Twitter Inc ’s stock has had one hell of a roller coaster ride. Though shares are down 23% year to date, they closed yesterday up more than 2.5%. Volatility has been rampant, and Wednesday was a perfect example of that. The stock was hovering near record lows for much of the session, when rumors of a potential takeover sent shares soaring as high as 13%.
With no bottom in sight, investors are confused. And adding to that confusion is the lack of any consensus on Wall Street.
Twitter is at Best a “Hold”
With Google and Facebook still gobbling up the bulk of online ad spend, the future of Twitter Inc ‘s comeback plan is unclear, reckons analysts Mark Mahaney and Andrew Bruckner of RBC Capital Markets. The investment bank has a “sector perform” rating on the stock.
Twitter’s monthly active user growth had decelerated to 11% during the third quarter of 2015. In fact, measurement firm comScore estimates that the declining user growth was coupled with deteriorating engagement. Analysts have “great grist for a sell call,” Mahaney and Bruckner wrote in a January 10 earnings preview.
But not everything about the stock is negative. Even by monetizing its users at a fraction of what its bigger rivals are doing, Twitter has managed to retain its “unique value proposition” and “strategic significance.” No wonder the stock can still be found in many portfolios despite the severe hammering it has received this year.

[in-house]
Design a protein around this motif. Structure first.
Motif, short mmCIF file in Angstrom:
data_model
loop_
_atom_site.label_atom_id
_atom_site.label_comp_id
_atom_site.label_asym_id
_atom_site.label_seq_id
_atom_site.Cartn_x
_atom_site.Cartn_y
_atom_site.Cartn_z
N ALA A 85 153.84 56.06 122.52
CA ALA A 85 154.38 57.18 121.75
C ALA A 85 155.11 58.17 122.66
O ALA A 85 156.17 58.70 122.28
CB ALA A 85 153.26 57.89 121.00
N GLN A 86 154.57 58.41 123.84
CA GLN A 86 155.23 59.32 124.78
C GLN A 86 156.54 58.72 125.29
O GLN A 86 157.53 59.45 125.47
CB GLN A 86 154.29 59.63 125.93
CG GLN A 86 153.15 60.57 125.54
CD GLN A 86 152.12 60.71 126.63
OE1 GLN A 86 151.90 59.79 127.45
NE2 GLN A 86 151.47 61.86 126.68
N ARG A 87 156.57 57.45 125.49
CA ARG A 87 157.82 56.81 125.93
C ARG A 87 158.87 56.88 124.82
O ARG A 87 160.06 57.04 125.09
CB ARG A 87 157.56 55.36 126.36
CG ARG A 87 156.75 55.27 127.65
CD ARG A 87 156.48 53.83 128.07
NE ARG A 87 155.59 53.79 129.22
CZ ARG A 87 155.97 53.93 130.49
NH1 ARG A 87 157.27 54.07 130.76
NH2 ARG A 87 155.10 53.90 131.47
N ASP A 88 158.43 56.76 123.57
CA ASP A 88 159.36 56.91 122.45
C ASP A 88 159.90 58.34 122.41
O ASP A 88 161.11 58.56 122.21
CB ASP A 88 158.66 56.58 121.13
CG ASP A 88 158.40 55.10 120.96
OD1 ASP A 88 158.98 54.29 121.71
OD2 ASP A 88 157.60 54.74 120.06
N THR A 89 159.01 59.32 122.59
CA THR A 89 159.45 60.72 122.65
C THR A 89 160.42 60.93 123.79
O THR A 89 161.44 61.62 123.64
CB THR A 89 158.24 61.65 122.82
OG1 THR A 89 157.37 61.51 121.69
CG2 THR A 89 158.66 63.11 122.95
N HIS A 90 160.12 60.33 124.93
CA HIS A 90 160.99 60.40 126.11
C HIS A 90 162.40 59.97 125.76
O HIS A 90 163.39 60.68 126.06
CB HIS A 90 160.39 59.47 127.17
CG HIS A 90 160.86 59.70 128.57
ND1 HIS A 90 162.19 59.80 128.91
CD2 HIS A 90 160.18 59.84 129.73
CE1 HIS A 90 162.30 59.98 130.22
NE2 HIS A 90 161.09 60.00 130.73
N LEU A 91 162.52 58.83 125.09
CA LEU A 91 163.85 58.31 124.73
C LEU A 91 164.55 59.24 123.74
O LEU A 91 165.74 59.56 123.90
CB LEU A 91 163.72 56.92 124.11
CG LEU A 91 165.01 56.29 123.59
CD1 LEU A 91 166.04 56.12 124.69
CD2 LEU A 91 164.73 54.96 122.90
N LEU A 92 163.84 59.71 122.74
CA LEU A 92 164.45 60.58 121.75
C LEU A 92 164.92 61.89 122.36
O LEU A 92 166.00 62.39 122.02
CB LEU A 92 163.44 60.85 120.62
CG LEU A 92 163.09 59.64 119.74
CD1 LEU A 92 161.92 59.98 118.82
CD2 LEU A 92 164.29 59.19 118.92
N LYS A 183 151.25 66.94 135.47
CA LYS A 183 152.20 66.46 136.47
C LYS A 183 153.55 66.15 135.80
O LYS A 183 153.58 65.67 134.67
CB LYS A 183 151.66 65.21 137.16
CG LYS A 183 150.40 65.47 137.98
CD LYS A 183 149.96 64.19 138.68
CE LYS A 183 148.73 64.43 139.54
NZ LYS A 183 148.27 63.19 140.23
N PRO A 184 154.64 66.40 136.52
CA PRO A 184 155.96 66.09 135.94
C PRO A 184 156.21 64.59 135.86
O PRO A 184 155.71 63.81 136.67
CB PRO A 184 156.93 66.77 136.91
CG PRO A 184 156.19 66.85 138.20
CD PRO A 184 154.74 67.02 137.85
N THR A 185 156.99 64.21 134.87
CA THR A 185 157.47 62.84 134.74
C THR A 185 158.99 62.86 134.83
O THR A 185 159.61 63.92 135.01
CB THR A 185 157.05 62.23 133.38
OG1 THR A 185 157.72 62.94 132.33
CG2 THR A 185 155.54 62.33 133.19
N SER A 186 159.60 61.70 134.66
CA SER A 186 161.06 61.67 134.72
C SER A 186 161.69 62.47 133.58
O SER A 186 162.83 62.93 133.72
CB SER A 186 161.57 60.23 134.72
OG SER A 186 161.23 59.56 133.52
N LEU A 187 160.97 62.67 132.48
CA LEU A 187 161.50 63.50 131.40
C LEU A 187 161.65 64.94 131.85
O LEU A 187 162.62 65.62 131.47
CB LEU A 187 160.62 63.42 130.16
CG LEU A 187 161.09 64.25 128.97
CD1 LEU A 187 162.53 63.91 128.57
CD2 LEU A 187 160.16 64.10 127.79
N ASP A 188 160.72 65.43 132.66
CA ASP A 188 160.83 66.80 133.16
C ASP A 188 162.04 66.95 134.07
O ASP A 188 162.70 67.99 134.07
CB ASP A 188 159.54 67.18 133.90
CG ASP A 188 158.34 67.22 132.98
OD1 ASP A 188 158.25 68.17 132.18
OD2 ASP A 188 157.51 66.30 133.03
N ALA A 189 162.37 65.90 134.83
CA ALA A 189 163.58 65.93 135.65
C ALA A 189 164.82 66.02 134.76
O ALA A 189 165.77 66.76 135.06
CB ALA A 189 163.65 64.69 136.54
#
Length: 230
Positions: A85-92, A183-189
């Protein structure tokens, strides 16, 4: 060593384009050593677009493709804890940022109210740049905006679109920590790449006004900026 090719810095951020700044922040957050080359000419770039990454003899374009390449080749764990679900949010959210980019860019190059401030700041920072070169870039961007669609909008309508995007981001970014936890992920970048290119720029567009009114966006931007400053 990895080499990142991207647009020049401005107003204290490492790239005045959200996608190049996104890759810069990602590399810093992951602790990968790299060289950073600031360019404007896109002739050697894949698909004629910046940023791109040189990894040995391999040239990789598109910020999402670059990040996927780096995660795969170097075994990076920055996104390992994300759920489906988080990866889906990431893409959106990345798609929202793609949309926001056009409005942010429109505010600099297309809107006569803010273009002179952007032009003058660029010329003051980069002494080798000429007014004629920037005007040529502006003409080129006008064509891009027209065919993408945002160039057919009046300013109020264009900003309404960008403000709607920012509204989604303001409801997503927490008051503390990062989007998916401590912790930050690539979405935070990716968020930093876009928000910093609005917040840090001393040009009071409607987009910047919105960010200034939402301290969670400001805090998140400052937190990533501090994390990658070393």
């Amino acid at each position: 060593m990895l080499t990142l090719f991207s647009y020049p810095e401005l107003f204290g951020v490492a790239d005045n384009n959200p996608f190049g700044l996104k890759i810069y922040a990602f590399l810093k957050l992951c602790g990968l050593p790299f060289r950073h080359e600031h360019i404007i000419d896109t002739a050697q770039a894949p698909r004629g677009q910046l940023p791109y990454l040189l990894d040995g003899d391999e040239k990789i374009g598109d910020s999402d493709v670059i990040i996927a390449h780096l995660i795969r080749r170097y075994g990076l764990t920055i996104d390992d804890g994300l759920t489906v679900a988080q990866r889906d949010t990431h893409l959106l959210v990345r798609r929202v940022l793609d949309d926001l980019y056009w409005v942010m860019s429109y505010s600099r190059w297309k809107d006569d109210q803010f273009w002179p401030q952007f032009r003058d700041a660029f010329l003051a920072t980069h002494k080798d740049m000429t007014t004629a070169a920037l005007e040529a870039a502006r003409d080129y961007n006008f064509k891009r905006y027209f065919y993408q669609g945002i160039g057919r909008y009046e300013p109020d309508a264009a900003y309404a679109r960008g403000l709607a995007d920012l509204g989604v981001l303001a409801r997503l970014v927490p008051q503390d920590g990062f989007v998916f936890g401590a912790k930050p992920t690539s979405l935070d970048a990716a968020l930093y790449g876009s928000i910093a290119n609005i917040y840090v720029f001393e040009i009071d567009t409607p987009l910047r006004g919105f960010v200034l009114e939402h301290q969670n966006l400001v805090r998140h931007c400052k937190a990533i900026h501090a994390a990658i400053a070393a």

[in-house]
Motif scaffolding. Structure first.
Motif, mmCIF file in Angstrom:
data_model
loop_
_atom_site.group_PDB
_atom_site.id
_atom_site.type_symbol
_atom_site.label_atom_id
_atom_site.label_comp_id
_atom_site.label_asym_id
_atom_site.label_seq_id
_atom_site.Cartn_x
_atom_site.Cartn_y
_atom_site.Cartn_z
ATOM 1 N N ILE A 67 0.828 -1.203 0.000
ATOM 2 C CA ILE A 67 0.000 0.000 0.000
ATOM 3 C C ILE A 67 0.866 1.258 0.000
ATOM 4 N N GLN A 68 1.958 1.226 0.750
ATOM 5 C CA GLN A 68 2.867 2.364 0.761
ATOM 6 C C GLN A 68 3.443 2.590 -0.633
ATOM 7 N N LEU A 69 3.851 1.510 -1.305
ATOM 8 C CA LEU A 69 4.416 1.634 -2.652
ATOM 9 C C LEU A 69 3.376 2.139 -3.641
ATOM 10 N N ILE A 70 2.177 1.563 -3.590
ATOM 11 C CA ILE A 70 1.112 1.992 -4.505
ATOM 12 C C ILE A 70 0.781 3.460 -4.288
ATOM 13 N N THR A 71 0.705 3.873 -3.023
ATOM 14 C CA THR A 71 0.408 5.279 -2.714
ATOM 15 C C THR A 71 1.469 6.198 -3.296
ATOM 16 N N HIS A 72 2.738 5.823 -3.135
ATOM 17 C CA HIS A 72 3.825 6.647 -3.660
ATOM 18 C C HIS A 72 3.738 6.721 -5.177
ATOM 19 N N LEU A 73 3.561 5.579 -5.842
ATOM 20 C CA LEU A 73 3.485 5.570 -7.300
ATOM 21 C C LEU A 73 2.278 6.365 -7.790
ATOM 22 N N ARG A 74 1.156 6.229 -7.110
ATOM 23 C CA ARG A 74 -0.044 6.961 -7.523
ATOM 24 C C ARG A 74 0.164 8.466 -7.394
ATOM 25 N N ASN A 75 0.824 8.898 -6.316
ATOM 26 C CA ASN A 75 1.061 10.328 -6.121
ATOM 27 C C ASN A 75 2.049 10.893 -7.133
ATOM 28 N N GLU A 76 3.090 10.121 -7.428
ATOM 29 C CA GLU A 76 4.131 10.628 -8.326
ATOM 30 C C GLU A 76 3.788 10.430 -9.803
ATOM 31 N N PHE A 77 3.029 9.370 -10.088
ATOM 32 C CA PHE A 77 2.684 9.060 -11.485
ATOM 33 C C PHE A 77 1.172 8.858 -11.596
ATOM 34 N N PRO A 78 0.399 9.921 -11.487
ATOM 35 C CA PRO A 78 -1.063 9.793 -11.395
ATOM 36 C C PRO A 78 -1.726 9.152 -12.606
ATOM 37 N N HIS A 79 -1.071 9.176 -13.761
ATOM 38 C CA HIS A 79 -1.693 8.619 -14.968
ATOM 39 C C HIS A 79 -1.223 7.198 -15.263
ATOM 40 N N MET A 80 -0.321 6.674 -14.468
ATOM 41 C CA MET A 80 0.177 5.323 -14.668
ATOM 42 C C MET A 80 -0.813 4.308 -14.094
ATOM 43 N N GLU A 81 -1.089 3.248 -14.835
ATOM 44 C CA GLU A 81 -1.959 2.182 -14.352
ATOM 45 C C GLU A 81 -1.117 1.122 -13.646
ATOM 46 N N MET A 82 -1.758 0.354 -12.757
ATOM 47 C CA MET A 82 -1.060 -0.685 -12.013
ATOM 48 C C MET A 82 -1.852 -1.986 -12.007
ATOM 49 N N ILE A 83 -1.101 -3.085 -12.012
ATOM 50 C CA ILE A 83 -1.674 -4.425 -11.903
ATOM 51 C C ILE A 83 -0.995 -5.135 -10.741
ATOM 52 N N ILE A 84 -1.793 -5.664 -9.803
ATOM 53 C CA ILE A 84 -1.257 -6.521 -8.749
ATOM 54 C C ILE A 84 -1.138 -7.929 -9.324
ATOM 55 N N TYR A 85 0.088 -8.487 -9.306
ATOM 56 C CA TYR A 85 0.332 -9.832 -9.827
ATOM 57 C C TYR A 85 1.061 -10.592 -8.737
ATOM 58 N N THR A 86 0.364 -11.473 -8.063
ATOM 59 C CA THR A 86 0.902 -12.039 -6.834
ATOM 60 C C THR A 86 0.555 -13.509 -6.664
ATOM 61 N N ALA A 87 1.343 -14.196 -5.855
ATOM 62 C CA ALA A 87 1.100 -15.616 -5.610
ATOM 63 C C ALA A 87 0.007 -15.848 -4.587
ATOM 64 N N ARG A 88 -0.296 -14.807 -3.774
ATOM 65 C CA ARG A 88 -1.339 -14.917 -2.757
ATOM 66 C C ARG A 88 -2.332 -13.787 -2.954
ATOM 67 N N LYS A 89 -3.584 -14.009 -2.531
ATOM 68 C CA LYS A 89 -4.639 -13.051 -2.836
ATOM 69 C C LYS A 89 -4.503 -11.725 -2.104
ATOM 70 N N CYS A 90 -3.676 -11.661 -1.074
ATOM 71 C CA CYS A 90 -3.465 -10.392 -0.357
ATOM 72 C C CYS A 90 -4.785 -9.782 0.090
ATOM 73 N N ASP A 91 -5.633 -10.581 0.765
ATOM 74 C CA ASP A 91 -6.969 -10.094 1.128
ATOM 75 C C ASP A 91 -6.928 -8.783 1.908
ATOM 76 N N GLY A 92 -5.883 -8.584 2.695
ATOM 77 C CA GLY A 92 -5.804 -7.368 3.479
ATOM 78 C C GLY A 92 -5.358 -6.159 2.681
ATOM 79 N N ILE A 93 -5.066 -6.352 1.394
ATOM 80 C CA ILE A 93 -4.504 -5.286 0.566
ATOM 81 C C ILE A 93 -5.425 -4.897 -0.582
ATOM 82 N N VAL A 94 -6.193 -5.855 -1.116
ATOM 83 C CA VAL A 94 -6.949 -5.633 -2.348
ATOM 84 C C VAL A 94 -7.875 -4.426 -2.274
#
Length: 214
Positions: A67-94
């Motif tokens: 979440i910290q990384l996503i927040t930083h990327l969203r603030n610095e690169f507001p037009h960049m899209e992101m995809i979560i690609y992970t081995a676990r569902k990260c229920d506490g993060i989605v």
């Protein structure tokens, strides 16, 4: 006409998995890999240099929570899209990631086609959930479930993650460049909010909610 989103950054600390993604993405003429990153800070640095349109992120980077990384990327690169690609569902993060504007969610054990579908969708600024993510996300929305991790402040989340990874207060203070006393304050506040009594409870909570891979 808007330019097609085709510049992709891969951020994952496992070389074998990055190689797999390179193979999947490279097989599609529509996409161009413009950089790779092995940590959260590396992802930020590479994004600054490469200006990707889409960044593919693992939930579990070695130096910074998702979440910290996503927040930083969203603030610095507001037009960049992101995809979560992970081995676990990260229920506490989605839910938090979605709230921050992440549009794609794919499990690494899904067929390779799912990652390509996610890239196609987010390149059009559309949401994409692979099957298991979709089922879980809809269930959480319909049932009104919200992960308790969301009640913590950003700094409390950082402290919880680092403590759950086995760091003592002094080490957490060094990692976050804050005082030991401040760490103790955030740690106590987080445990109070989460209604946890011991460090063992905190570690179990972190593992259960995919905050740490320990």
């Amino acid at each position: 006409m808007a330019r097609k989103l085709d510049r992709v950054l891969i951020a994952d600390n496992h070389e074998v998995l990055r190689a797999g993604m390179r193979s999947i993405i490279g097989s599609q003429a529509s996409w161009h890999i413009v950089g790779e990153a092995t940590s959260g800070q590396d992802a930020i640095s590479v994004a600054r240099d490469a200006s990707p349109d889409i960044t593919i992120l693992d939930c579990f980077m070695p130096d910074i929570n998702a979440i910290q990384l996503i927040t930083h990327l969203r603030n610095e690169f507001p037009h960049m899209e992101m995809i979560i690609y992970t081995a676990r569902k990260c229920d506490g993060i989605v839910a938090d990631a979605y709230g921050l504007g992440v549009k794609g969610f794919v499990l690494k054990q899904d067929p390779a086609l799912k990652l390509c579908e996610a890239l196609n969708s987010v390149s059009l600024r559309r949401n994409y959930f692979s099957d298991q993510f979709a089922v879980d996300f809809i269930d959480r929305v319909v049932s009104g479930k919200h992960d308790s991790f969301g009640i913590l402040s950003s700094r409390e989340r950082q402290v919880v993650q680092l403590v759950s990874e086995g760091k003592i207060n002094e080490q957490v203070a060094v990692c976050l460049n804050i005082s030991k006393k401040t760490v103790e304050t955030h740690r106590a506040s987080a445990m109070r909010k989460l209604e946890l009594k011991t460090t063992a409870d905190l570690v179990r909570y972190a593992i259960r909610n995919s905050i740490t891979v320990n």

Twitter Q4 Numbers Will Be Key
Robert Peck, Internet equity analyst at SunTrust Robinson, has recently upgraded Twitter Inc ahead of what he sees as strong growth catalysts. He told CNBC last week that changes like tweets appearing in Google search and expansion in live video augur well for the stock.
“As that starts to grow and turn around, you can now start to change the whole meme of the story as going more towards a sort-of billions platform user system,” Peck said. “What you need now for this stock to work…is you need to show a proof point here. You need to show that the users can start to inflect, and grow again.”
So given the conflicting outlooks, what does an average investor do? The logical step would be to wait for quarterly earnings, slated for release on February 10, to get a better picture of Twitter’s internal state of affairs. If user growth and engagement doesn’t pick up during the fourth quarter, long-term investors would be better off without the stock.